After Tuesday’s State of the Union Address, The Recover examines Trump’s message to lower prescription costs and fight for the dying rights of those with terminal conditions. In his speech President addressed the “Right to Try” Legislation that was proposed but is waiting on approval from the FDA. “We also believe that patients with terminal conditions should have access to experimental treatments that could potentially save their lives,” the president said.
“People who are terminally ill should not have to go from country to country to seek a cure — I want to give them a chance right here at home. It is time for the Congress to give these wonderful Americans the ‘right to try,'” he says.
The prescription drug cost has been rising in recent years, with medications dramatically increasing 44% since 2003, and continues to grow with out interference. Trump proposes to prevent that from happening under his administration, but without a clear plan.
“One of my greatest priorities is to reduce the price of prescription drugs. In many other countries, these drugs cost far less than what we pay in the United States,” Trump stated.
“And it is very, very unfair,” he said. “That is why I have directed my administration to make fixing the injustice of high drug prices one of our top priorities. Prices will come down.”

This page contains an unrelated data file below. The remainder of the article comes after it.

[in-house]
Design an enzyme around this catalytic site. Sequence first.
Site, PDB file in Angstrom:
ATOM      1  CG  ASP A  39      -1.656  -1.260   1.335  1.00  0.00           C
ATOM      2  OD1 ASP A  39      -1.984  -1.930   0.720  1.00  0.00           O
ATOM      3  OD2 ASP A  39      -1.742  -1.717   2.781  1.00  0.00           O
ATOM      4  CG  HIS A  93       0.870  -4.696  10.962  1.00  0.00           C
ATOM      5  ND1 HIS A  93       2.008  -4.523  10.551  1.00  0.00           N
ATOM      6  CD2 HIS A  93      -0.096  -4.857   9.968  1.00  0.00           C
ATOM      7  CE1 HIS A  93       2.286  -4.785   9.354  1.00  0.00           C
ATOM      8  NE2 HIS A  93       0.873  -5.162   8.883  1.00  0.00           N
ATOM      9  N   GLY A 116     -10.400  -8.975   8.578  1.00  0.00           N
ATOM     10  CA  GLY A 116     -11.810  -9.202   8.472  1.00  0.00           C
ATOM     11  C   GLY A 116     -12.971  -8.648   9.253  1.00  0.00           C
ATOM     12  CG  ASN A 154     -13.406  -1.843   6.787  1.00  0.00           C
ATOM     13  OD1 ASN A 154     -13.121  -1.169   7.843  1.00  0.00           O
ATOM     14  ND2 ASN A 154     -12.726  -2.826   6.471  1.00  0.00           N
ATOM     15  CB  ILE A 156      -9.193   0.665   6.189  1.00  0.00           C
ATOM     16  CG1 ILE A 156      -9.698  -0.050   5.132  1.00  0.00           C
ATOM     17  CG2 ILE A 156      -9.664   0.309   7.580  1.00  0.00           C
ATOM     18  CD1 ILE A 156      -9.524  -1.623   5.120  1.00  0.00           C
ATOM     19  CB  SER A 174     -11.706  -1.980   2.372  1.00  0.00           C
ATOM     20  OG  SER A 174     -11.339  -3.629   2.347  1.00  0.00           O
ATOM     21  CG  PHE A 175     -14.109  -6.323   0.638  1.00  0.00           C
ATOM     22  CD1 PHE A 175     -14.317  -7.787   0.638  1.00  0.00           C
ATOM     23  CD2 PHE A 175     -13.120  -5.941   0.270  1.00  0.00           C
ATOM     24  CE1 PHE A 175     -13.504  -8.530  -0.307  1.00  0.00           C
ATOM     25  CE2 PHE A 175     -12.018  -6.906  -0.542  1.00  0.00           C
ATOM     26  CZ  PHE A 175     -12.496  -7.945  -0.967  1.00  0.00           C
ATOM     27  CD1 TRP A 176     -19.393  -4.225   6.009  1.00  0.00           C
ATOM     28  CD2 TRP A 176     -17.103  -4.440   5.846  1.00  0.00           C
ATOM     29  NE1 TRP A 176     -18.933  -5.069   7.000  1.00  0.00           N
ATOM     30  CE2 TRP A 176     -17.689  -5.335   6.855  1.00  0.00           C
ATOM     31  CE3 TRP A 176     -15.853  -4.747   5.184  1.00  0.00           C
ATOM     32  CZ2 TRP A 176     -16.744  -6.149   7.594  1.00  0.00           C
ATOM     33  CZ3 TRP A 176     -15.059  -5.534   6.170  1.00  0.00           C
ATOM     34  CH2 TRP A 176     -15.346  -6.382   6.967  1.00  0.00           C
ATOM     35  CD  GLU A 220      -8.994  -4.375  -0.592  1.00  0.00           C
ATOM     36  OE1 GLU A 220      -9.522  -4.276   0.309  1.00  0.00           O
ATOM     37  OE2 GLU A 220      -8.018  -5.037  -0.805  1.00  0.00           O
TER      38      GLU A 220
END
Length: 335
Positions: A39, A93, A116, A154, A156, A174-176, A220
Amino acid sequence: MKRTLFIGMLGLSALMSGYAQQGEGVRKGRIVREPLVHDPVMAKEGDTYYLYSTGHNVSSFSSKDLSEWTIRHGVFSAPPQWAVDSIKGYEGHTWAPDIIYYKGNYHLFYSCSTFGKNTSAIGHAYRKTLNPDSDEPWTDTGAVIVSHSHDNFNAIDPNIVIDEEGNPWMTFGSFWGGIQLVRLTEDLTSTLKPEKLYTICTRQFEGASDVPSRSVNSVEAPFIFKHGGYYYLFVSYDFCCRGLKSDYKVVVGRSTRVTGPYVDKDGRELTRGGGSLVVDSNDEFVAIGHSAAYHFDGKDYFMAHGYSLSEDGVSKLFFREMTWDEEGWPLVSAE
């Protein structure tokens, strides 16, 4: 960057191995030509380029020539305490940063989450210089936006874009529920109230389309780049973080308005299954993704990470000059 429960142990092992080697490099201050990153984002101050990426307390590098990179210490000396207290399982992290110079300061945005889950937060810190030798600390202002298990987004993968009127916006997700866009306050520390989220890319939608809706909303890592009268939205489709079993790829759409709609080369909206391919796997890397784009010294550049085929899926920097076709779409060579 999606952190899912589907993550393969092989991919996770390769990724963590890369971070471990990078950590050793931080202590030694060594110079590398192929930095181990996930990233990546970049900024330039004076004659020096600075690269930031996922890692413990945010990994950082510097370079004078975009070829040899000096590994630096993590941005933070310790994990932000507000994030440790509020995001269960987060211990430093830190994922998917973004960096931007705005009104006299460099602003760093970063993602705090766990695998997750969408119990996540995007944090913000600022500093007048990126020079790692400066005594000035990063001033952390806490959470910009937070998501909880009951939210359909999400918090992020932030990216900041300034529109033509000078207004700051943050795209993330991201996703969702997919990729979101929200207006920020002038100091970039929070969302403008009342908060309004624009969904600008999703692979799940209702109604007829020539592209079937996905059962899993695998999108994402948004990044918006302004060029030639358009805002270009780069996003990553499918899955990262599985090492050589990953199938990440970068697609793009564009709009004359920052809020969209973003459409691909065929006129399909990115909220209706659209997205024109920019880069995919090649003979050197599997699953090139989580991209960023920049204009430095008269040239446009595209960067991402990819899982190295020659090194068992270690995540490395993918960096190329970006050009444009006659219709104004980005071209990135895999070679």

The President will also have to address the issue that some of these prescription drugs have led to the opioid problem the country faces. Other pain relievers and stimulant prescription drugs can be misused and can cause an addiction to the user, said The Recover.
Alex Azar was in attendance at the address, a former drug company executive, lobbyist and spokesperson who has been sworn in as Secretary of Health and Human Services under President Trump’s cabinet. Azar’s former profession brings into question how someone from that industry could possibly have a hand in disrupting their profit and helping the people of America. While introducing Azar, Trump mentioned several times that he shared his desire in reducing prescription drug prices.